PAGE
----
The Current

Insulin pumps require careful management to work safely and effectively, says endocrinologist

Insulin pumps are billed as improving quality of life for people with diabetes, but a CBC/Radio-Canada/Toronto Star investigation found that they are linked to more reports of injury and death than any other medical device.

Devices may have played role in 103 deaths, over 1,900 injuries in past 10 years, data shows

Insulin pumps are increasingly popular among Canadians with diabetes. (Craig Chivers/CBC)

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Insulin pumps are billed as improving quality of life for people with diabetes, but the popular devices require training, knowledge and management to be safe and effective, according to one endocrinologist.

The device acts as an artificial pancreas, slowly dripping insulin through a tube and needle under the skin. It's marketed as an alternative to injecting insulin using disposable needles.

"People may come [to] exploring insulin pump therapy with quite unrealistic expectations that it will take care of their diabetes. They won't need to think, they won't need to work," said Peter Senior, an Edmonton-based endocrinologist who has done consulting work for pump makers.

"To do pump therapy well, effectively and safely, I think it actually does require more work. It's a high-needs, high-maintenance situation," he told The Current's Anna Maria Tremonti.

CBC/Radio-Canada/Toronto Star investigation found that insulin pumps are linked to more reports of injury and death than any other medical device. Health Canada data obtained under Access to Information suggests the devices may have played a role in 103 deaths and more than 1,900 injuries in the past ten years. They've also been the subject of 40 recalls in that same time period.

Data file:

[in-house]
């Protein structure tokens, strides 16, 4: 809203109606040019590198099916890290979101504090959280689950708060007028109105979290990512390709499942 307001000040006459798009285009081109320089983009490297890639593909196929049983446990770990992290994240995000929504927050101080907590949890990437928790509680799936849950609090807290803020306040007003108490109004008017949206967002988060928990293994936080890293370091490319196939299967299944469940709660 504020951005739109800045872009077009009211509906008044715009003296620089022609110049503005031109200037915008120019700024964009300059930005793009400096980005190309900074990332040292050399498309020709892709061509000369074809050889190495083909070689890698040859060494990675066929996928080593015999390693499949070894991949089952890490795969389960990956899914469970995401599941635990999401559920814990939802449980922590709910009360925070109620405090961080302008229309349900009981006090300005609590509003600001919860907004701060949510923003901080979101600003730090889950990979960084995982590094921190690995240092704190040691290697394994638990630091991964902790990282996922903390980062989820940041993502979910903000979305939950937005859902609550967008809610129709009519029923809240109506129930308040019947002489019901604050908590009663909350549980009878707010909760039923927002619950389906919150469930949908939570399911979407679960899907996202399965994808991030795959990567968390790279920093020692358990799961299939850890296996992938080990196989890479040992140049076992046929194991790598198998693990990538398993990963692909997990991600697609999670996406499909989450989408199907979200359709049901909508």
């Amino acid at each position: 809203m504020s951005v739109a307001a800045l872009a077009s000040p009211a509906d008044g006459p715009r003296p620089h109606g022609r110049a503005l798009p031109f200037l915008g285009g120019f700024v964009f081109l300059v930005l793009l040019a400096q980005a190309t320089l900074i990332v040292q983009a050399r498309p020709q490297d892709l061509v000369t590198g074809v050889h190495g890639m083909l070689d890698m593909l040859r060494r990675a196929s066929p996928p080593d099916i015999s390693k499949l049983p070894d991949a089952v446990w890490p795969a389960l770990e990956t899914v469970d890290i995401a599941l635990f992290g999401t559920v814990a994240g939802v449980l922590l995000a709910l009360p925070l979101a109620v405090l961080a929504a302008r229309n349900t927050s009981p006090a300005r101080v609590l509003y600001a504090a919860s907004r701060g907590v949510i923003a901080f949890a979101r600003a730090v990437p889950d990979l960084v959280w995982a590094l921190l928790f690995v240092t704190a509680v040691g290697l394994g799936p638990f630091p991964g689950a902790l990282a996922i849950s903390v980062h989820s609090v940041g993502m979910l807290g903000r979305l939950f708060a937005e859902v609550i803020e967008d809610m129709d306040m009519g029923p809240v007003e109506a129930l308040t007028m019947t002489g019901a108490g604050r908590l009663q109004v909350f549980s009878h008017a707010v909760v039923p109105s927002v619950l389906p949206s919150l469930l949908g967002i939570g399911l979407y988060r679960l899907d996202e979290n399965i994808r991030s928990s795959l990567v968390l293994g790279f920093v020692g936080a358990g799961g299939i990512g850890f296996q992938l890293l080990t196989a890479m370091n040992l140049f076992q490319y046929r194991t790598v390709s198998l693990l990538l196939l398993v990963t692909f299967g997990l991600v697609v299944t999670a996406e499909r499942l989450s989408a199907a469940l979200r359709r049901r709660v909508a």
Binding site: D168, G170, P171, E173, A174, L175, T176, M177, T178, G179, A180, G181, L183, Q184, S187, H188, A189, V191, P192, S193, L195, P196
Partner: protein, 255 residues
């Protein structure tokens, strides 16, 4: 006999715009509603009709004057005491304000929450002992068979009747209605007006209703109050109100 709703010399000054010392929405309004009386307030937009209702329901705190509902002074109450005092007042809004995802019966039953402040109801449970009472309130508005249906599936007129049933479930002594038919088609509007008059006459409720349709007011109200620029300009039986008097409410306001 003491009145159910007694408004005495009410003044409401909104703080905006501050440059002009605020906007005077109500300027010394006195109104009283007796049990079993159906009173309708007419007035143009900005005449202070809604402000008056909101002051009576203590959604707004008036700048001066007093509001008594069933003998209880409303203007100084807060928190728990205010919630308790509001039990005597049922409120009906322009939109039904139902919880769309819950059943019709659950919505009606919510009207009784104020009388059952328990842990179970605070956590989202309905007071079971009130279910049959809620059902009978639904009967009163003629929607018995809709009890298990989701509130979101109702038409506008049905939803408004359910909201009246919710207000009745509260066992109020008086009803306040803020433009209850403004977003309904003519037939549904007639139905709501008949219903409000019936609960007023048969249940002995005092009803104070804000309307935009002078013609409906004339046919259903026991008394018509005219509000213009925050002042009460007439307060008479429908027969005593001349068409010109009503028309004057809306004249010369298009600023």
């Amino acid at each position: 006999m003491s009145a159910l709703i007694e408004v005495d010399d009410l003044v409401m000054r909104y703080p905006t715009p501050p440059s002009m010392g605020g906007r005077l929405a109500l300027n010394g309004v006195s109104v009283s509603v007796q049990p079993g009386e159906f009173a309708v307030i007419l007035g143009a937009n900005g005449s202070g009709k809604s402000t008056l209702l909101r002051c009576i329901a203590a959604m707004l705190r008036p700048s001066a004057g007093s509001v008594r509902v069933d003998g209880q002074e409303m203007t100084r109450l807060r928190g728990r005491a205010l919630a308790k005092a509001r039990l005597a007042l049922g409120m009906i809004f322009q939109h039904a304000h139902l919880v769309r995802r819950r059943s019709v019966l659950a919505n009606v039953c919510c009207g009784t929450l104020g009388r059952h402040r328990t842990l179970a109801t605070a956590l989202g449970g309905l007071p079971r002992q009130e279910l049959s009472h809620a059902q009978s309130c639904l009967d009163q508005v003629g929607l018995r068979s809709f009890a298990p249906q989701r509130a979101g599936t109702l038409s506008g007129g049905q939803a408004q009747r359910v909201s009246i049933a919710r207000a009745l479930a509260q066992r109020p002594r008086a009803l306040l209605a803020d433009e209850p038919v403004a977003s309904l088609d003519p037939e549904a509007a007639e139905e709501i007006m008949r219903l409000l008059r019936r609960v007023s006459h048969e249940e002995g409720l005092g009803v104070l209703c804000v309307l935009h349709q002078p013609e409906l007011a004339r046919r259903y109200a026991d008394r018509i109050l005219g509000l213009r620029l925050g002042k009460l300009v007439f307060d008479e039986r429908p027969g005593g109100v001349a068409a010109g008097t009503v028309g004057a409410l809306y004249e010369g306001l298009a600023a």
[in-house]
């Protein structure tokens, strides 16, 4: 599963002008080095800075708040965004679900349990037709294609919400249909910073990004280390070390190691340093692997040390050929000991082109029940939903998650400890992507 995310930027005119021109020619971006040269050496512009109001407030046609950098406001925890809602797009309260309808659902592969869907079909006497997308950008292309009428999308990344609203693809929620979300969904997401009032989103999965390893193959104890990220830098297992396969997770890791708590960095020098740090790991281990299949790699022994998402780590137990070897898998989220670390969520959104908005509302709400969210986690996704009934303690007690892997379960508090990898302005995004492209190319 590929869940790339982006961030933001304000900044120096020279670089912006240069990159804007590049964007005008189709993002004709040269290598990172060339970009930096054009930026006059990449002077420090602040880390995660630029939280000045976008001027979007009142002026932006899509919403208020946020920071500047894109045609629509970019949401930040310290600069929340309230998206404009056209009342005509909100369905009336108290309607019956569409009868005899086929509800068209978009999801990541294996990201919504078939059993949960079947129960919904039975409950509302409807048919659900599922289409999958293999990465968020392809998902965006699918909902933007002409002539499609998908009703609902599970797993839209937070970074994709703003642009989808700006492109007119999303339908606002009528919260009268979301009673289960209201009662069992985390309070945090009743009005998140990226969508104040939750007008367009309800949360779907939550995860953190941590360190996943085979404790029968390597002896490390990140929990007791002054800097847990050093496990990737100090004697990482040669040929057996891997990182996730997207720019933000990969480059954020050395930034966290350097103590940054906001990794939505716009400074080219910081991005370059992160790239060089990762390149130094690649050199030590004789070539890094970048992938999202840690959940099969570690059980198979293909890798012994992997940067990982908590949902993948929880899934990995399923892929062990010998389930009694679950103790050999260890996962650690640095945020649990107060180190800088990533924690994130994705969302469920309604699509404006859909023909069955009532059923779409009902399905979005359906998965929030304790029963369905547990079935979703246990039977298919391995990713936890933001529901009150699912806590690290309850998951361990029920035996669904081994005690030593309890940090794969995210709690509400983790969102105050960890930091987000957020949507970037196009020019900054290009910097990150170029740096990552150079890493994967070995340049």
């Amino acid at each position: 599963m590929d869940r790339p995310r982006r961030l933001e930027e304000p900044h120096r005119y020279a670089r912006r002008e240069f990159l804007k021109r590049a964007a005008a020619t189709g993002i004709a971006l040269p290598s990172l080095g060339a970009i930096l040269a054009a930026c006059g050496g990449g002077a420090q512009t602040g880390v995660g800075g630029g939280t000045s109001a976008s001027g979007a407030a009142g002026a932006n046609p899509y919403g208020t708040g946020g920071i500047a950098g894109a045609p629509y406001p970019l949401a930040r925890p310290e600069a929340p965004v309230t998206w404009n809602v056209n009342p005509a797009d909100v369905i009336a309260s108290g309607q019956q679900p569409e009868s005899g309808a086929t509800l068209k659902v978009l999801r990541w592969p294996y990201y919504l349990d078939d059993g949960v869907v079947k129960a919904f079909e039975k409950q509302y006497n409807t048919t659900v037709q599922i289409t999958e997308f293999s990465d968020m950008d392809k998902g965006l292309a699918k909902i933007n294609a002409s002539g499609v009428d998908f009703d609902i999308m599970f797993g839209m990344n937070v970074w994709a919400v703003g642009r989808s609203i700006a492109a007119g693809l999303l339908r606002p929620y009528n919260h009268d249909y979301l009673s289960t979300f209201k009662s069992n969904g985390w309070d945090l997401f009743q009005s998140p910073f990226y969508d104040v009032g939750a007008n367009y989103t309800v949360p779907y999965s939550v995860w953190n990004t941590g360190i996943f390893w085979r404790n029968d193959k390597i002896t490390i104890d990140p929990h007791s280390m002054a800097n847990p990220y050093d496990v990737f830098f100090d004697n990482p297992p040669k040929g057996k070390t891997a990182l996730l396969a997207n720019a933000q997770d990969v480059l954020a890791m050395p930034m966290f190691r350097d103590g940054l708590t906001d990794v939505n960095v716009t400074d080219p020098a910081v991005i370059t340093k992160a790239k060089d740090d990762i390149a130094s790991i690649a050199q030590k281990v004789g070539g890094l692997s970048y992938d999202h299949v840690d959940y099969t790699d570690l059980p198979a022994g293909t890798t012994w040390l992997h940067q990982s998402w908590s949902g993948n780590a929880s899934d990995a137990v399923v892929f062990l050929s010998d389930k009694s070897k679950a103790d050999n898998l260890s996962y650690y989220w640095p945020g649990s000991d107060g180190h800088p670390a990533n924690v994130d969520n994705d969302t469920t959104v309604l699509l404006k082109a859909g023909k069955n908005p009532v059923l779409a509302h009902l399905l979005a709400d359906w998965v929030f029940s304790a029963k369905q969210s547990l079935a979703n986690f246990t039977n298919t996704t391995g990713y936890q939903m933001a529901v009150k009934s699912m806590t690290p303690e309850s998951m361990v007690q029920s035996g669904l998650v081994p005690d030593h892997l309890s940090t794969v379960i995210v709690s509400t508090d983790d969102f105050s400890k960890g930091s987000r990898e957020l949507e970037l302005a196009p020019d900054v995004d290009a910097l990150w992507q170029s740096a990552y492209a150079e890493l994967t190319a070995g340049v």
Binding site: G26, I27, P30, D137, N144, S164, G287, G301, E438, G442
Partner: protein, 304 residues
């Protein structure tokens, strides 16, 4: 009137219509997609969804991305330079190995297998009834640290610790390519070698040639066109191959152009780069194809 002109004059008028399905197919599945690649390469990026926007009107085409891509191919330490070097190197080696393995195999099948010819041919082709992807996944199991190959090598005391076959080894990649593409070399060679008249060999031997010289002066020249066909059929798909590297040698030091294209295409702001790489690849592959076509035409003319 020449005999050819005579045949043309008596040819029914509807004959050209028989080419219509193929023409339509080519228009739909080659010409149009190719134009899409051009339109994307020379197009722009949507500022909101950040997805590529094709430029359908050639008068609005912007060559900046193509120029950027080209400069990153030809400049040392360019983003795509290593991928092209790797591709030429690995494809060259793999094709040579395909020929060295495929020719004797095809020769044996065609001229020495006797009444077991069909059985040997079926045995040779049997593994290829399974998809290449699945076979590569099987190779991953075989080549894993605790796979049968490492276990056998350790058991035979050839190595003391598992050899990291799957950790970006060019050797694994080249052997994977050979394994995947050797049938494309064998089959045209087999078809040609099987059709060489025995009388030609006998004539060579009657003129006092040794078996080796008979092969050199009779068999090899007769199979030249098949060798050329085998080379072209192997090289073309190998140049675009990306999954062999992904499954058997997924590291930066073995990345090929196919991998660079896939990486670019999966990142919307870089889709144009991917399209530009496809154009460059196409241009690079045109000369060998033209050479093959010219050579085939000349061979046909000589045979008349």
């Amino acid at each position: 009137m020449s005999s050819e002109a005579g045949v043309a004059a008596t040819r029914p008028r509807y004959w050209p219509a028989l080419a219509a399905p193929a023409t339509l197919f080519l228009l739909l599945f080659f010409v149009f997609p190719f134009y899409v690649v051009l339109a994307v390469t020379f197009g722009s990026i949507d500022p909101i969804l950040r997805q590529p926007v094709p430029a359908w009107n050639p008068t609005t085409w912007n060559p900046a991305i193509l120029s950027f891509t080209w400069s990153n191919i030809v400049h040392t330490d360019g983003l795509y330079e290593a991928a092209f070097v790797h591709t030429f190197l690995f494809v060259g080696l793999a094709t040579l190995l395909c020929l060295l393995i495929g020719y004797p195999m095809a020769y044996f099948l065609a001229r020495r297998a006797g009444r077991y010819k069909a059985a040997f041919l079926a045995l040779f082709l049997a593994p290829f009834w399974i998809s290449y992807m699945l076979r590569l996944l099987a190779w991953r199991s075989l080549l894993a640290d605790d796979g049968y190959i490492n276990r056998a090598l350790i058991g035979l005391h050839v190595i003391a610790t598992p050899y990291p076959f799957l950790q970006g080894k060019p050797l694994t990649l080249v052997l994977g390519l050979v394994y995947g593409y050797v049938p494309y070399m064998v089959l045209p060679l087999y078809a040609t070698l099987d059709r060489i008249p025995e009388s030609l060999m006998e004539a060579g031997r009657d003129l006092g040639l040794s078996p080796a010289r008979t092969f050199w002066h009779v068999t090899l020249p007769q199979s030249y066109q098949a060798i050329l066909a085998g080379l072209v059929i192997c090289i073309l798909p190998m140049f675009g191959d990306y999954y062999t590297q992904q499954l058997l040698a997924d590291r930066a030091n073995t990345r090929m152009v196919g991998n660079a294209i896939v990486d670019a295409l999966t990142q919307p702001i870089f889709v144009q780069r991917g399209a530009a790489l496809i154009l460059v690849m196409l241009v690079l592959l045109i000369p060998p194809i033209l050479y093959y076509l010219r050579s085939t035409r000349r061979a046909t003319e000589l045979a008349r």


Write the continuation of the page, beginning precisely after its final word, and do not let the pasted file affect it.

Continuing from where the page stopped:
In a statement to CBC, Health Canada said lab testing is now done by device manufacturers themselves or outsourced to third parties.

Health Canada also said because of "recent post-market concerns" with all infusion pumps, including insulin pumps, it now requires manufacturers to submit evidence of more rigorous testing on their devices before they can be approved for sale.

To discuss the devices and their use, Tremonti spoke to:

  • Peter Senior, professor of medicine at the University of Alberta, and endocrinologist in Type 1 diabetes
  • Simon Heller, professor of clinical diabetes at the University of Sheffield, and consulting physician at the University of Sheffield Teaching Hospital
  • Nav Persaud, staff physician at St Michael's Hospital, and assistant professor in the department of family and community medicine at University of Toronto


With files from CBC News. Produced by The Current's Pacinthe Mattar

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